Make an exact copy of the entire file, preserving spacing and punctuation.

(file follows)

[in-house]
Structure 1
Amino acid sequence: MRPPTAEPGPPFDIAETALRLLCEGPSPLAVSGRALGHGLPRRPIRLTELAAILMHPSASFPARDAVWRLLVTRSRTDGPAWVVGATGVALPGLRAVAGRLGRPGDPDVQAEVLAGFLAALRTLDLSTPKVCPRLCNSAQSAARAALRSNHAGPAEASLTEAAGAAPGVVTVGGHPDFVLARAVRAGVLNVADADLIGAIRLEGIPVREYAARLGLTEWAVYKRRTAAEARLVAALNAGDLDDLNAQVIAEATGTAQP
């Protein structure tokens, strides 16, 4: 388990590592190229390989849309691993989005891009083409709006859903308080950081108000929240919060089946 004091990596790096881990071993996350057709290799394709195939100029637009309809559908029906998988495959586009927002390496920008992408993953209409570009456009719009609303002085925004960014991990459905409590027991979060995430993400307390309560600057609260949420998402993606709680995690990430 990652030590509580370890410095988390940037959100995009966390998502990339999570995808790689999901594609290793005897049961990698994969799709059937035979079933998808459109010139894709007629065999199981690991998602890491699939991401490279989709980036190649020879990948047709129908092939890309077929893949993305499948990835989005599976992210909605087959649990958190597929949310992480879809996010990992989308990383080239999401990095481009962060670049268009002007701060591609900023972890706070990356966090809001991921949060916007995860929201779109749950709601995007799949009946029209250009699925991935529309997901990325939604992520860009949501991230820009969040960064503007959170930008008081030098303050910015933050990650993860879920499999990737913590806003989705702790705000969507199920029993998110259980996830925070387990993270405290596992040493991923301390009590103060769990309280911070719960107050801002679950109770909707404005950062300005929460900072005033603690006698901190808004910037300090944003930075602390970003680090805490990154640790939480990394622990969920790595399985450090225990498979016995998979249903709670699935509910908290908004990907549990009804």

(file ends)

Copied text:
[in-house]
Structure 1
Amino acid sequence: MRPPTAEPGPPFDIAETALRLLCEGPSPLAVSGRALGHGLPRRPIRLTELAAILMHPSASFPARDAVWRLLVTRSRTDGPAWVVGATGVALPGLRAVAGRLGRPGDPDVQAEVLAGFLAALRTLDLSTPKVCPRLCNSAQSAARAALRSNHAGPAEASLTEAAGAAPGVVTVGGHPDFVLARAVRAGVLNVADADLIGAIRLEGIPVREYAARLGLTEWAVYKRRTAAEARLVAALNAGDLDDLNAQVIAEATGTAQP
């Protein structure tokens, strides 16, 4: 388990590592190229390989849309691993989005891009083409709006859903308080950081108000929240919060089946 004091990596790096881990071993996350057709290799394709195939100029637009309809559908029906998988495959586009927002390496920008992408993953209409570009456009719009609303002085925004960014991990459905409590027991979060995430993400307390309560600057609260949420998402993606709680995690990430 990652030590509580370890410095988390940037959100995009966390998502990339999570995808790689999901594609290793005897049961990698994969799709059937035979079933998808459109010139894709007629065999199981690991998602890491699939991401490279989709980036190649020879990948047709129908092939890309077929893949993305499948990835989005599976992210909605087959649990958190597929949310992480879809996010990992989308990383080239999401990095481009962060670049268009002007701060591609900023972890706070990356966090809001991921949060916007995860929201779109749950709601995007799949009946029209250009699925991935529309997901990325939604992520860009949501991230820009969040960064503007959170930008008081030098303050910015933050990650993860879920499999990737913590806003989705702790705000969507199920029993998110259980996830925070387990993270405290596992040493991923301390009590103060769990309280911070719960107050801002679950109770909707404005950062300005929460900072005033603690006698901190808004910037300090944003930075602390970003680090805490990154640790939480990394622990969920790595399985450090225990498979016995998979249903709670699935509910908290908004990907549990009804």